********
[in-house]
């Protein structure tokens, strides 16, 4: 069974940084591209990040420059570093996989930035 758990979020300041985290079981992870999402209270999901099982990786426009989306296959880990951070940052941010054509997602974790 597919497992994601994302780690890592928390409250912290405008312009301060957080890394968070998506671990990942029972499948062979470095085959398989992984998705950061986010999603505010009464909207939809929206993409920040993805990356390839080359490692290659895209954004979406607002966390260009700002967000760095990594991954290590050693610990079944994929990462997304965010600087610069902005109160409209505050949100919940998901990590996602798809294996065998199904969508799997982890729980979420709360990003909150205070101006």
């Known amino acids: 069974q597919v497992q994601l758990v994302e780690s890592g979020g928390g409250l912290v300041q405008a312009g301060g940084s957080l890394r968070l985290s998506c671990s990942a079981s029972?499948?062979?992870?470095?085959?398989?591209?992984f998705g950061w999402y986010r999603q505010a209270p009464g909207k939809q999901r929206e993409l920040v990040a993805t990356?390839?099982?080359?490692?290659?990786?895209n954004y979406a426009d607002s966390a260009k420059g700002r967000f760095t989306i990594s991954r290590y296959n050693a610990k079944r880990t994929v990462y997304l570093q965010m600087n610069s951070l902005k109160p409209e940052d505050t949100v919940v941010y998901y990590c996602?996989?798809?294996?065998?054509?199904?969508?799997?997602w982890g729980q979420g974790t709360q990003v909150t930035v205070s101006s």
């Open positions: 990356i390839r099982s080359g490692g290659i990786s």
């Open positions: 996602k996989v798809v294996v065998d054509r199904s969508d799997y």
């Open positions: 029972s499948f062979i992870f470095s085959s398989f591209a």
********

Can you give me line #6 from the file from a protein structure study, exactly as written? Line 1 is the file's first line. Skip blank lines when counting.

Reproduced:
């Open positions: 029972s499948f062979i992870f470095s085959s398989f591209a």